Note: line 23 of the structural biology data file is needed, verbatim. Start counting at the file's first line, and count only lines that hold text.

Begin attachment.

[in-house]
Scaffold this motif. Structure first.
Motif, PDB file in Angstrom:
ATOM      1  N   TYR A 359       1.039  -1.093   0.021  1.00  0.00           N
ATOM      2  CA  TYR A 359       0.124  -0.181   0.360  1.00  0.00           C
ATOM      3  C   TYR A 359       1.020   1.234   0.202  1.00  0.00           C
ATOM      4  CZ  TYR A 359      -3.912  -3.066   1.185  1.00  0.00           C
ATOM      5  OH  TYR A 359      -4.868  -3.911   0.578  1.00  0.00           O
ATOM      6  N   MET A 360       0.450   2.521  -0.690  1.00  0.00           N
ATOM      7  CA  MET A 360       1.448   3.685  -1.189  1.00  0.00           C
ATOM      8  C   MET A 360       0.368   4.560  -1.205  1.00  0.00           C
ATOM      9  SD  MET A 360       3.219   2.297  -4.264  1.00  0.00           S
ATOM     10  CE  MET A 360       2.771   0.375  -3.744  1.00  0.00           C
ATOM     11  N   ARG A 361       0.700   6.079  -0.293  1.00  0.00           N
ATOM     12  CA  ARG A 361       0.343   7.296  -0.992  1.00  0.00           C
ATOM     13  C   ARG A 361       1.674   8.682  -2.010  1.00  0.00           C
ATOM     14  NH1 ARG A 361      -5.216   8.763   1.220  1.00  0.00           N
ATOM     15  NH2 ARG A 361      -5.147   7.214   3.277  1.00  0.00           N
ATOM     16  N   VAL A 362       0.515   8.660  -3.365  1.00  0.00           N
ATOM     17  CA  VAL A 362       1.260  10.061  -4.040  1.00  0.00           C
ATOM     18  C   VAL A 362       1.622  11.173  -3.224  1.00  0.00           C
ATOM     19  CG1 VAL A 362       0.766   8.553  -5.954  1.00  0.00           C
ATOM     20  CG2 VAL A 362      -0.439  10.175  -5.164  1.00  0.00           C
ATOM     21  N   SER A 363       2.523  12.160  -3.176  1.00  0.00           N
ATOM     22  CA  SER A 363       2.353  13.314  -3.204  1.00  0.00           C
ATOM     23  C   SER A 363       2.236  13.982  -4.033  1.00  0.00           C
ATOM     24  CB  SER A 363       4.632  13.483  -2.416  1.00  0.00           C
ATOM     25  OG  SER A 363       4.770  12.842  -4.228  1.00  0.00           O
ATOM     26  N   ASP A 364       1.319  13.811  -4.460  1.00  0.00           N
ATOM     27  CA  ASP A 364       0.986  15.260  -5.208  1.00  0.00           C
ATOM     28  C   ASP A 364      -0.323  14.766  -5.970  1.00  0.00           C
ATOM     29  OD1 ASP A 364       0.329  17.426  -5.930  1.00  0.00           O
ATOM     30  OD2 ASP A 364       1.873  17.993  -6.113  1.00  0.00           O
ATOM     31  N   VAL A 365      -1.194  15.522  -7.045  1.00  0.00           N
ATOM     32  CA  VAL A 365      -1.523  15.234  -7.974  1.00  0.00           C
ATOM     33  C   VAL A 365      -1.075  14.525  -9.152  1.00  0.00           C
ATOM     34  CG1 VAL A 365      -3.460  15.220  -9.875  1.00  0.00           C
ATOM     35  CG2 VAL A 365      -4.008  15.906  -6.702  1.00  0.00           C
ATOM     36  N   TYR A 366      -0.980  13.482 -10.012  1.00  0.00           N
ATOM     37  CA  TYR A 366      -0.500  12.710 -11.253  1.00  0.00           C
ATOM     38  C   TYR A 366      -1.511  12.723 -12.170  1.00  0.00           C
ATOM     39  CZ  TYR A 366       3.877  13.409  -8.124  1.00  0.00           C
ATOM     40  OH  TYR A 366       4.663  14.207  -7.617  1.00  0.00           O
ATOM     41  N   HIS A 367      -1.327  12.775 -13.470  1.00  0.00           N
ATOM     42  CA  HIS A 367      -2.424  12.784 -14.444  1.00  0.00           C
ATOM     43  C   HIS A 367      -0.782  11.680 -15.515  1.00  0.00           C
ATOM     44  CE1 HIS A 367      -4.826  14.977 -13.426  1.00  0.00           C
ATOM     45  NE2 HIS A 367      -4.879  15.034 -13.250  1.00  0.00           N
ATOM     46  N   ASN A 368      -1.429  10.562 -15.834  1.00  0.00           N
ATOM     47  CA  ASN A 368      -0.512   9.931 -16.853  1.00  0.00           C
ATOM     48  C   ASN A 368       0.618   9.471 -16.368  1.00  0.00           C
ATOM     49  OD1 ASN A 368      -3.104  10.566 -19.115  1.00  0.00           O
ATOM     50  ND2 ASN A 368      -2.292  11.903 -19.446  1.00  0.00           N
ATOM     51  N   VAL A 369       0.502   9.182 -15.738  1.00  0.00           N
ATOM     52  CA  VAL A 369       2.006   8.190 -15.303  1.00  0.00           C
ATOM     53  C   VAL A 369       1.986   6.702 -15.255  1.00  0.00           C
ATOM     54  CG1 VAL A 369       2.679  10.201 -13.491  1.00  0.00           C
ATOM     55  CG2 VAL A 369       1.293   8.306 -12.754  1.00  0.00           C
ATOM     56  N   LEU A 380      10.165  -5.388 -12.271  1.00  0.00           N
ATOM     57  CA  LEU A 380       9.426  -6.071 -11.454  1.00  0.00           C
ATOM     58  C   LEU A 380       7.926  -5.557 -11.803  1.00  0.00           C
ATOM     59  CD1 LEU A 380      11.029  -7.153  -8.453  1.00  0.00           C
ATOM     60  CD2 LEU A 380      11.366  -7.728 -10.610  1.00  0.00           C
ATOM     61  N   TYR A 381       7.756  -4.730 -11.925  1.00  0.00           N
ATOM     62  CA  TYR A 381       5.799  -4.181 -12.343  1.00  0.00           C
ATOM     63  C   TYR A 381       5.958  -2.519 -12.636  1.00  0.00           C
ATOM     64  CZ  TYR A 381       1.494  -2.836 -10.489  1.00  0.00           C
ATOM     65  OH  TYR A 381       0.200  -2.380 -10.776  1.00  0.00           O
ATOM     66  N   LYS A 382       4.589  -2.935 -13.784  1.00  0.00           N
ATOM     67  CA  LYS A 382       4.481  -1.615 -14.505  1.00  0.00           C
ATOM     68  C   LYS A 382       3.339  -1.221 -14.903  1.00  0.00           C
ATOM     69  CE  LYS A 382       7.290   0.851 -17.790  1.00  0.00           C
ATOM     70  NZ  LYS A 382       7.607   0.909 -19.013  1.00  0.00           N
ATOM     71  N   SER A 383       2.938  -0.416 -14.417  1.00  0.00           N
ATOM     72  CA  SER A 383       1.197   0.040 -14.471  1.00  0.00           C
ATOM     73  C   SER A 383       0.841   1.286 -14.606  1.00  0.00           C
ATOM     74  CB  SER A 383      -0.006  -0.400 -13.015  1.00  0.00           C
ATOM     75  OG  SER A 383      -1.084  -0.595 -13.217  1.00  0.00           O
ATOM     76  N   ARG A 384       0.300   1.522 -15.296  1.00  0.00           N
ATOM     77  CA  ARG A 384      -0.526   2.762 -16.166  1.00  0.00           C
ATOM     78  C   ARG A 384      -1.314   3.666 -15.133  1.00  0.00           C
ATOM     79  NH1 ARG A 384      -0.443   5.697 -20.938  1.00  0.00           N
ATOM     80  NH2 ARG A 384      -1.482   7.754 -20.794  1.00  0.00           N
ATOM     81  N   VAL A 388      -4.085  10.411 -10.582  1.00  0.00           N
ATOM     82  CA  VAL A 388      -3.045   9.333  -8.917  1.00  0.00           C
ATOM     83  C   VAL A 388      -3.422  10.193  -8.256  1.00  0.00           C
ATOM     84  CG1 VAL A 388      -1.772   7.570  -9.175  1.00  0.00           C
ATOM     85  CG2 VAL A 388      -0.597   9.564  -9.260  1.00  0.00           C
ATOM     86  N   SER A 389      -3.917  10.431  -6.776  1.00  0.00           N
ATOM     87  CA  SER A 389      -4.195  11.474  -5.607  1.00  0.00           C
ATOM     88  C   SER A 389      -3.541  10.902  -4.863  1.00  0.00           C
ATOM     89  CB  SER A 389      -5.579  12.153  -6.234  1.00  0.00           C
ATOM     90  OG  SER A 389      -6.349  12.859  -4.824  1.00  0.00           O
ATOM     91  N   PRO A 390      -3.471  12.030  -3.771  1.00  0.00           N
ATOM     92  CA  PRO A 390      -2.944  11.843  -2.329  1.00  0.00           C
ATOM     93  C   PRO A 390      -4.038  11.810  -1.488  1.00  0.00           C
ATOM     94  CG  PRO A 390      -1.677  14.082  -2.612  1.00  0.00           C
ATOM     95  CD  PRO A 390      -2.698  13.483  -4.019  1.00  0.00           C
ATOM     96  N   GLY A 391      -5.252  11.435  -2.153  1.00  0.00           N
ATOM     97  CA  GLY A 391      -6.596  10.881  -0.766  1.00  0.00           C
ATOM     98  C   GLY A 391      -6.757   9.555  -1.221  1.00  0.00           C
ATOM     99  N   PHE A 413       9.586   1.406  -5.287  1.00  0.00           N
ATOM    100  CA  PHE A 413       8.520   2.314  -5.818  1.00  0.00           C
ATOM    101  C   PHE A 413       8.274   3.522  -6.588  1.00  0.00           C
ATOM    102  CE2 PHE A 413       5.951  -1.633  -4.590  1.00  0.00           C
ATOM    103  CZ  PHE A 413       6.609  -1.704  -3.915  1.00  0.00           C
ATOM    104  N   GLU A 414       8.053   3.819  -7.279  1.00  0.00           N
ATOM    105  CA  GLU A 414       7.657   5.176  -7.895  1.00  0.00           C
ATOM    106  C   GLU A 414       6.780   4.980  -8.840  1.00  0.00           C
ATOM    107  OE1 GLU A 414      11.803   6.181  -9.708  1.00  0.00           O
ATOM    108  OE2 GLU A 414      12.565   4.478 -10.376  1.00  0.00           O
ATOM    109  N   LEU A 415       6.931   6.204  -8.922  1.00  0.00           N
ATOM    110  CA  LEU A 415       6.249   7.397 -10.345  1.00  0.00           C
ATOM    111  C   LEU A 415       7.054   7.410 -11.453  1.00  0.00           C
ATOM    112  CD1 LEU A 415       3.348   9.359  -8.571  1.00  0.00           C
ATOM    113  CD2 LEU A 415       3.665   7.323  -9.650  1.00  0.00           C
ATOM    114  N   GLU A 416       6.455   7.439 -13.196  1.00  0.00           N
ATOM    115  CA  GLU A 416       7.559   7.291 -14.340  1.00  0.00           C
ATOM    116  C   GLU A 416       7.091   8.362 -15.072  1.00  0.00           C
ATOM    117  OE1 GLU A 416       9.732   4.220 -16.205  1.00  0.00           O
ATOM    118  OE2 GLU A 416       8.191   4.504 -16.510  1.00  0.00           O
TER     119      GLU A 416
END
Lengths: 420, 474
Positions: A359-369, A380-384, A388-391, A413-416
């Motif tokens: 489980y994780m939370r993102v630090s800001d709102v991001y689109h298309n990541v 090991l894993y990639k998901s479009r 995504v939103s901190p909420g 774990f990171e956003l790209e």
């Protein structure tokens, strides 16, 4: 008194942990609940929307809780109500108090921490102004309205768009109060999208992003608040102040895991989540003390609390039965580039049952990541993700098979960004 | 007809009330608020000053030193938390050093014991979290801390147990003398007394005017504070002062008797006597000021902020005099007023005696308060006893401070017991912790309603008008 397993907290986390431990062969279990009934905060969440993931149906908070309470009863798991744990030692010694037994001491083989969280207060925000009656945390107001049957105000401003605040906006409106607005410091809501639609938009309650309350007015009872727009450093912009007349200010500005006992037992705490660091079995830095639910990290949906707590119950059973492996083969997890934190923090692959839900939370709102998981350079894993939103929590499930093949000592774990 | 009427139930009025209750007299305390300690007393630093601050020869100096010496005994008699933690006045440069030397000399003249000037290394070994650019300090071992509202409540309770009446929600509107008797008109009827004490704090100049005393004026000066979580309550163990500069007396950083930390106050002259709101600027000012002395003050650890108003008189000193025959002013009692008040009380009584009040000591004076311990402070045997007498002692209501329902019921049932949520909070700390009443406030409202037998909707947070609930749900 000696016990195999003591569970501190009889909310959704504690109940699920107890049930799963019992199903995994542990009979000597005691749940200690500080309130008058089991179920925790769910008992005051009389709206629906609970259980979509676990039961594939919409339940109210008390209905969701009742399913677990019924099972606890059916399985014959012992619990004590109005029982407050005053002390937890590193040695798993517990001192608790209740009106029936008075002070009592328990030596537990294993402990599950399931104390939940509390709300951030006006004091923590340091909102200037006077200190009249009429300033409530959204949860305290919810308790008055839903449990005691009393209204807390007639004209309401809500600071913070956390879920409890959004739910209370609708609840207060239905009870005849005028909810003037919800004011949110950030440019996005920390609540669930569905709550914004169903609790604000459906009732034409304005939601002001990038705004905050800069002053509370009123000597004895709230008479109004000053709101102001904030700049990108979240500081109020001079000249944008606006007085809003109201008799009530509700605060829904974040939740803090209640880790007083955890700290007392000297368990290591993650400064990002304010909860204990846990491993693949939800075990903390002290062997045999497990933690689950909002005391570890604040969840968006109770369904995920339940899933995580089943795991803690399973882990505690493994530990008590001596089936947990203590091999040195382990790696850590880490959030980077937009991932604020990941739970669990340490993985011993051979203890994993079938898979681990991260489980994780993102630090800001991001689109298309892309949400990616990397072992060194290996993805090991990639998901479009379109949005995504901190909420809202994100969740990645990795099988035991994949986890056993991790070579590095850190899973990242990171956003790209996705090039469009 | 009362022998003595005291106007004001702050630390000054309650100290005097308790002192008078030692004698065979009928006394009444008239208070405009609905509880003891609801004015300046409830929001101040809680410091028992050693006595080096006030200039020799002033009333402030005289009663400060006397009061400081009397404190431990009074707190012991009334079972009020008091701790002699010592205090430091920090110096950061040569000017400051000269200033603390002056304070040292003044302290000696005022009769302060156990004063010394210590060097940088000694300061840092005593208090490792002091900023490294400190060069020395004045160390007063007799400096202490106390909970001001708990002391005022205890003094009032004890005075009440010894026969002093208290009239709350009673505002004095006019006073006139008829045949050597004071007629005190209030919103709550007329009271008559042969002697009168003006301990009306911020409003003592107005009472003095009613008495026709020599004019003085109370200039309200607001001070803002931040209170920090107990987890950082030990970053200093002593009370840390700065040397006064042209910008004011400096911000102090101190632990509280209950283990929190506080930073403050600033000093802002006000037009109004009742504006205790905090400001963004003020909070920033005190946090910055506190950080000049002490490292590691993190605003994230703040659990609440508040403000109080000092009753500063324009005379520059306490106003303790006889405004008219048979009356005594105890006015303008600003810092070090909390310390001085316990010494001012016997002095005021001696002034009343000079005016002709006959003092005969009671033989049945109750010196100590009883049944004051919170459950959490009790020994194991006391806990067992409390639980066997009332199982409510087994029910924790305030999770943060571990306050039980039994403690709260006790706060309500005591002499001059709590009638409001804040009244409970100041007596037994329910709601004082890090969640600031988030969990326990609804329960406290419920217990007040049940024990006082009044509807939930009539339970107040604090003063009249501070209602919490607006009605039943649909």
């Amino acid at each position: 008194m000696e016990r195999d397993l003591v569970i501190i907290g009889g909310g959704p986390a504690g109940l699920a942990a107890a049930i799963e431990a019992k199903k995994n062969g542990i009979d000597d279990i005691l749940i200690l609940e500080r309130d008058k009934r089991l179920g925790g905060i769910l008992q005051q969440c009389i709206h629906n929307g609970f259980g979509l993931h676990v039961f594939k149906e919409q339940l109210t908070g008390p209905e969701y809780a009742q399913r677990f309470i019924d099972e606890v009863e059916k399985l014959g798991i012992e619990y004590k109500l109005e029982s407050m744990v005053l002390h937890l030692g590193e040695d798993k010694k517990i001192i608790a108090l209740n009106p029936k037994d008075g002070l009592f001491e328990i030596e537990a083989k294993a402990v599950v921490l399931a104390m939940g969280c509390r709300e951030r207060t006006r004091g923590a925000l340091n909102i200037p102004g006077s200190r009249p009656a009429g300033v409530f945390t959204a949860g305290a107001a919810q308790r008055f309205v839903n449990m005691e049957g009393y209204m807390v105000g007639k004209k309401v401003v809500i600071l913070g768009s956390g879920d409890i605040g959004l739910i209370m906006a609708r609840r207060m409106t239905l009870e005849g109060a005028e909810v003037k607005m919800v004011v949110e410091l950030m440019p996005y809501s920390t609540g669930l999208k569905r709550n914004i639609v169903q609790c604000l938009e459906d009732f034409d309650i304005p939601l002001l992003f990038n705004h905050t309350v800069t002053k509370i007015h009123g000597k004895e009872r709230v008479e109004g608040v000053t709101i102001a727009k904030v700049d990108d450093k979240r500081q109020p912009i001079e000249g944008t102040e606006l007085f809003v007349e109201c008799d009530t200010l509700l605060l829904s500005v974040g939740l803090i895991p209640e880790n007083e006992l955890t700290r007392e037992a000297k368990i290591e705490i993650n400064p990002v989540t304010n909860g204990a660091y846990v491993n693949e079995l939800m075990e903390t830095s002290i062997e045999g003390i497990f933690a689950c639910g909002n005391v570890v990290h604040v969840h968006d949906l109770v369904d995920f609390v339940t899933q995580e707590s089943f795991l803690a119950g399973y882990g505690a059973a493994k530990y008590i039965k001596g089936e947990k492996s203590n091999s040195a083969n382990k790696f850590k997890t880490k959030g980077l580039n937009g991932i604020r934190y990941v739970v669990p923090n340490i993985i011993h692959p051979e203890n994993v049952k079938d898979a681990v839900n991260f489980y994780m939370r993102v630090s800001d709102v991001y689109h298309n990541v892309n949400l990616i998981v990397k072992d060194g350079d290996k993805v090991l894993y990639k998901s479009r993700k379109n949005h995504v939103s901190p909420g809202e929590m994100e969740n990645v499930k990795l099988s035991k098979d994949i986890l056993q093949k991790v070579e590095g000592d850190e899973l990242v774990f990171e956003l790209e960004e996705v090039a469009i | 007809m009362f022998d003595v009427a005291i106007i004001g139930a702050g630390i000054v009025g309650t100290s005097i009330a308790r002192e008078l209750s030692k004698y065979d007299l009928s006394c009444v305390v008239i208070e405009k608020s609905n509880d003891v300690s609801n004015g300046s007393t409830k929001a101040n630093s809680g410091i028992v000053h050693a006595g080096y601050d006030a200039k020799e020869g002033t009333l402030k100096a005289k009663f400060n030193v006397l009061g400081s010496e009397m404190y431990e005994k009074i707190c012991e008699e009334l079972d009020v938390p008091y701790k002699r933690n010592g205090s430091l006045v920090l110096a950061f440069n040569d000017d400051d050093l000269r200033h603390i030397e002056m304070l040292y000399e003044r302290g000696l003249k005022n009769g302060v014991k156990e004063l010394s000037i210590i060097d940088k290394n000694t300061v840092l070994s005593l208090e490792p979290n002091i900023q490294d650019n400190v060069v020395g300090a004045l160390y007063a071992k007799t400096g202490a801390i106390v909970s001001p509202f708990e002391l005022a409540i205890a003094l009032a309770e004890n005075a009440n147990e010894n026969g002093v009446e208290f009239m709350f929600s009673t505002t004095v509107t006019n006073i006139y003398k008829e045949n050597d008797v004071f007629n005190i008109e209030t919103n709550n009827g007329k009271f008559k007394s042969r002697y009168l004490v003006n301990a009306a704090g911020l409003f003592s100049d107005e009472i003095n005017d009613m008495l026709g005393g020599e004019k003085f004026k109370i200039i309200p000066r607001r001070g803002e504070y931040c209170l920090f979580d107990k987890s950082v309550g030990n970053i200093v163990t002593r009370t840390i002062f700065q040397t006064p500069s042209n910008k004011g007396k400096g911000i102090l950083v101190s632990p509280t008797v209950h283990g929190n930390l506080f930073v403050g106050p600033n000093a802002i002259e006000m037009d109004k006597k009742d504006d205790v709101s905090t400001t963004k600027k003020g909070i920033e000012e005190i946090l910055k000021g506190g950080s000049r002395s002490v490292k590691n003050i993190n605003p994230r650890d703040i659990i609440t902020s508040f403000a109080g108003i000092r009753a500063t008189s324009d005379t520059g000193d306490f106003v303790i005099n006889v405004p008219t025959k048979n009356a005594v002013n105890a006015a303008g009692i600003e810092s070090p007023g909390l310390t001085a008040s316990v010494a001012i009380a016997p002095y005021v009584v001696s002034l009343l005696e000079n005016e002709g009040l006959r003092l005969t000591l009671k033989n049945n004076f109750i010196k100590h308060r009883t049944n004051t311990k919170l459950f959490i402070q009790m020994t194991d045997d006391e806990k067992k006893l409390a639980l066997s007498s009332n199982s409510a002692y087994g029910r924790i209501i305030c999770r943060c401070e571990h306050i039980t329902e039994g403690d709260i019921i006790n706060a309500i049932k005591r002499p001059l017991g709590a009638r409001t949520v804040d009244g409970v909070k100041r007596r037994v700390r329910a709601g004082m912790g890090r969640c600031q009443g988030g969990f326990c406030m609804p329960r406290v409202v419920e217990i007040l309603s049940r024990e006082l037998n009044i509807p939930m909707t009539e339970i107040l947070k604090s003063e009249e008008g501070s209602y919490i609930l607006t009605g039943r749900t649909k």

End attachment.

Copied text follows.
ATOM     20  CG2 VAL A 362      -0.439  10.175  -5.164  1.00  0.00           C